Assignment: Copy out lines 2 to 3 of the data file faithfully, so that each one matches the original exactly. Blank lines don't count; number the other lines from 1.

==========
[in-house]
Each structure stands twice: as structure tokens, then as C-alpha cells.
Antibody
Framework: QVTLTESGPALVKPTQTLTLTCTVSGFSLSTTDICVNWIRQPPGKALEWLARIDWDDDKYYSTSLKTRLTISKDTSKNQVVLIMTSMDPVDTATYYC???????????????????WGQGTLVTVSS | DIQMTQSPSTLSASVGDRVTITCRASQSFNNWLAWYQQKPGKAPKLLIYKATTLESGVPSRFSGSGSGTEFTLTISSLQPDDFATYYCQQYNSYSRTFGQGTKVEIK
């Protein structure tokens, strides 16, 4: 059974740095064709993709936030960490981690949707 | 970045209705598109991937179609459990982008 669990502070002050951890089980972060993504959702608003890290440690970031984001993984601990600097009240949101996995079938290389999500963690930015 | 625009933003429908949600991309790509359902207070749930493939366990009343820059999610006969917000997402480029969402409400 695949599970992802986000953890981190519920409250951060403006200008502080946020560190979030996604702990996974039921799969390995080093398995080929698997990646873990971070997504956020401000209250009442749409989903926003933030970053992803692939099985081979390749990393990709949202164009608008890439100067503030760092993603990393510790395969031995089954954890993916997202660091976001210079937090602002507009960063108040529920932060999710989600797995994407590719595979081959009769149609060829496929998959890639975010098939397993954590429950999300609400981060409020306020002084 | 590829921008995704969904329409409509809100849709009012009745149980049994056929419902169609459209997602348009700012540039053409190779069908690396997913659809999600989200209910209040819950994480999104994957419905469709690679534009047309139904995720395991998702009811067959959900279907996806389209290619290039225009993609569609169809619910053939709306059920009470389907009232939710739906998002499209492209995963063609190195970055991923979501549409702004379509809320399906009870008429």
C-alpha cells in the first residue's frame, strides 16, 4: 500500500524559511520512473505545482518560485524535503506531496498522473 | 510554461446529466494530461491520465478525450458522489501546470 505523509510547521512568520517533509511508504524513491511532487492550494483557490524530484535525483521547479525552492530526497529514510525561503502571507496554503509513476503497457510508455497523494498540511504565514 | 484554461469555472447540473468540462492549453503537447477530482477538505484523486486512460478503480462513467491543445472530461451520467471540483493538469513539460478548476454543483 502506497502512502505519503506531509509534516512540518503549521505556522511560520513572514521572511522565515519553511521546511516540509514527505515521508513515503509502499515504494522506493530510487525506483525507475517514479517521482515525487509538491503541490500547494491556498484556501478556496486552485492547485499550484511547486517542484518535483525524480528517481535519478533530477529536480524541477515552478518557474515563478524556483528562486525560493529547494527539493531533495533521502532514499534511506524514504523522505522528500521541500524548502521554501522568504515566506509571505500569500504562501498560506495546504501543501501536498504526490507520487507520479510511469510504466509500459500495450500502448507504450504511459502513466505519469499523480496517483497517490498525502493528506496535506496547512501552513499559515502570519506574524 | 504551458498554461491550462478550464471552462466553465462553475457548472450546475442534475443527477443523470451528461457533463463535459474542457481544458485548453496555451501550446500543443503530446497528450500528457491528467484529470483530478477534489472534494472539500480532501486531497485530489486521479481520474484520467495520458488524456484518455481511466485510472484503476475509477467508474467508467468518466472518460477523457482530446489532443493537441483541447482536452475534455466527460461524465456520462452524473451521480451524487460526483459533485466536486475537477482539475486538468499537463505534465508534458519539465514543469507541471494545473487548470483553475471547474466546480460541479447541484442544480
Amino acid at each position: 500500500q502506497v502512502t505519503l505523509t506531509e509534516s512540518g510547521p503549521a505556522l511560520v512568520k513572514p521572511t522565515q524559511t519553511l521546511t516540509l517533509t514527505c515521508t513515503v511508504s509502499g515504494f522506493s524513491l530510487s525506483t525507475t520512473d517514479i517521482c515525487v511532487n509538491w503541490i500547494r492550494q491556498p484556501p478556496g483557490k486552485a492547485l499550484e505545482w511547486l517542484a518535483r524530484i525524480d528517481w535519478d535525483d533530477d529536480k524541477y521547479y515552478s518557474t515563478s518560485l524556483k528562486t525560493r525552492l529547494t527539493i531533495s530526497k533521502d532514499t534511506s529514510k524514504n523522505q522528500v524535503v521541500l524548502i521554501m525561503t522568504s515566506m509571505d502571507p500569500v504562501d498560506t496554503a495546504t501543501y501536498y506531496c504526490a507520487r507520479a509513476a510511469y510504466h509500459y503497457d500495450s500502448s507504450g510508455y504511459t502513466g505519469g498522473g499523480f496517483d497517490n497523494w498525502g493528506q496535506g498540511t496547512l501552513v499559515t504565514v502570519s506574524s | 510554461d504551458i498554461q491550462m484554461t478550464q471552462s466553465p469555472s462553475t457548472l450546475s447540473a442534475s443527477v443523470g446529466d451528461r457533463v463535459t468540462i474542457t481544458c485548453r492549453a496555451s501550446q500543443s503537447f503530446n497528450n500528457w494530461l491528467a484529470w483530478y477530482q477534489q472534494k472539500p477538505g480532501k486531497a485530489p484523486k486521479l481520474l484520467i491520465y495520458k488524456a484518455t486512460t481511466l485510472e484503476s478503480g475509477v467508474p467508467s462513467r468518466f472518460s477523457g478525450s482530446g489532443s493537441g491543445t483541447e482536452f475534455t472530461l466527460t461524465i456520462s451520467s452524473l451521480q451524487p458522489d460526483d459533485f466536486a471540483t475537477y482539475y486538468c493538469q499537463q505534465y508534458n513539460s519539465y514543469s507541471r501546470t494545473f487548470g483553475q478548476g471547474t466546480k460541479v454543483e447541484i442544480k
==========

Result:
Each structure stands twice: as structure tokens, then as C-alpha cells.
Antibody